Throwback Thursday: Bruce Springsteen Plays in Cambridge

Following the performance, Jon Landau, a music critic in the audience, would famously write, "I saw rock and roll future and its name is Bruce Springsteen."

He was still a quarter-century away from his induction into the Rock and Roll Hall of Fame; over a decade ahead of his first Grammy; and a year away from Born to Run.

On May 9, 1974, Bruce Springsteen was a 24-year-old performer struggling to break through in the early stages of his career and playing a set at the Harvard Square Theater in Cambridge.

But to Jon Landau, he was lightning in a bottle.

The music critic—who grew up in greater Boston and graduated with a degree from Brandeis University—was in the audience while Springsteen crooned, and he was more than impressed. For just a few dollars, concertgoers were treated to Springsteen singing “The E Street Shuffle,” “For You,” and more. The performance was so remarkable that a few weeks later, Landau wrote a story published in The Real Paper and declared, “I saw rock and roll future and its name is Bruce Springsteen. And on a night when I needed to feel young, he made me feel like I was hearing music for the very first time.”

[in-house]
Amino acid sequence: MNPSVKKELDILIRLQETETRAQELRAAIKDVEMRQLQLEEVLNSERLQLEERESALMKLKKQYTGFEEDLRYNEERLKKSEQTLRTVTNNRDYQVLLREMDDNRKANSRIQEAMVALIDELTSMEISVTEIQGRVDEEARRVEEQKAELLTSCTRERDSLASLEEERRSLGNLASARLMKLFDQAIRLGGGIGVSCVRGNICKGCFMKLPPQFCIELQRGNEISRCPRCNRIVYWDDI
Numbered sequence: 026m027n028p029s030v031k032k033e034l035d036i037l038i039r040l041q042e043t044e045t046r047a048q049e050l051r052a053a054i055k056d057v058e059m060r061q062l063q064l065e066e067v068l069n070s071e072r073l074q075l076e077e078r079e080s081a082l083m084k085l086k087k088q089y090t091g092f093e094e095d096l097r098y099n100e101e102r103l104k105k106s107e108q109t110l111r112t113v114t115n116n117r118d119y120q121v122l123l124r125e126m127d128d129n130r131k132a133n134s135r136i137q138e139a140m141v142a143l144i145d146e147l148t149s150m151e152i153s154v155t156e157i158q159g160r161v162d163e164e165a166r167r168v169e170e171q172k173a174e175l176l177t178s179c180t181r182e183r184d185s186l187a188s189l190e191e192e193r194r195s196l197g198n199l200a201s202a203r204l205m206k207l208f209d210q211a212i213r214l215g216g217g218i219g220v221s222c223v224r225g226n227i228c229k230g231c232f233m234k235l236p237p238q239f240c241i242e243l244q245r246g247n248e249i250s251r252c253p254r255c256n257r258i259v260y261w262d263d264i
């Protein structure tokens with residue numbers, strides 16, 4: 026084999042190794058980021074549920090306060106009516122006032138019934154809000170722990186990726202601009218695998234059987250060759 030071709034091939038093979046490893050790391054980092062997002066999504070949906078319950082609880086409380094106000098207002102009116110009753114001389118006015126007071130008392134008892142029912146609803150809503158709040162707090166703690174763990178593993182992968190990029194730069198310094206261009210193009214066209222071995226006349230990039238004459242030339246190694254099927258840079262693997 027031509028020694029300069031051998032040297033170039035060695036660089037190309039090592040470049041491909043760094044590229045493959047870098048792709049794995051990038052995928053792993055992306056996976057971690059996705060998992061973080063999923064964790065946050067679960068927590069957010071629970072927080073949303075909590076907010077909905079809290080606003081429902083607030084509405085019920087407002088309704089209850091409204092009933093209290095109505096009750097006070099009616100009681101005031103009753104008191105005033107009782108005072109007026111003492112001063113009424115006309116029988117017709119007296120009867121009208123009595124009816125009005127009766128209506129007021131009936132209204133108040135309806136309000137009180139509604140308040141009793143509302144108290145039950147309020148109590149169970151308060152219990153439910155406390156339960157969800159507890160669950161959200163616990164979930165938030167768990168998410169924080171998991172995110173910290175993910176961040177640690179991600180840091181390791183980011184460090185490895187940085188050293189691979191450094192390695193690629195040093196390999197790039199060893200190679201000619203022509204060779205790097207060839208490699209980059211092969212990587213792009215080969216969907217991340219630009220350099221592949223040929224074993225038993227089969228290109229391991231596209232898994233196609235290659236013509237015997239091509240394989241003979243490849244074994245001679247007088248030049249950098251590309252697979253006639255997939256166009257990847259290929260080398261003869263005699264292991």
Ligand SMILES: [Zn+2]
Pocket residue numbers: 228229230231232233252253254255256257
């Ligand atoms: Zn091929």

The assessment proved prescient.

At the time, Springsteen’s early work had been good enough to secure him a contract with Columbia Records, but executives were wondering when their investment would pay off. The vote of confidence from Landau (who wrote that “Springsteen does it all. … There is no one I would rather watch on a stage today.”) helped make all the difference.

Springsteen would, of course, go on to become one of the most legendary musicians of all time, with 11 chart-topping albums, 20 Grammy awards, and more than 140 million sold records to his name. Landau—who has also worked with artists like Train and Jackson Brown—would eventually serve stints as Springsteen’s producer and manager.

But much of that may not have been possible had the two men not crossed paths in Cambridge on a Thursday in May.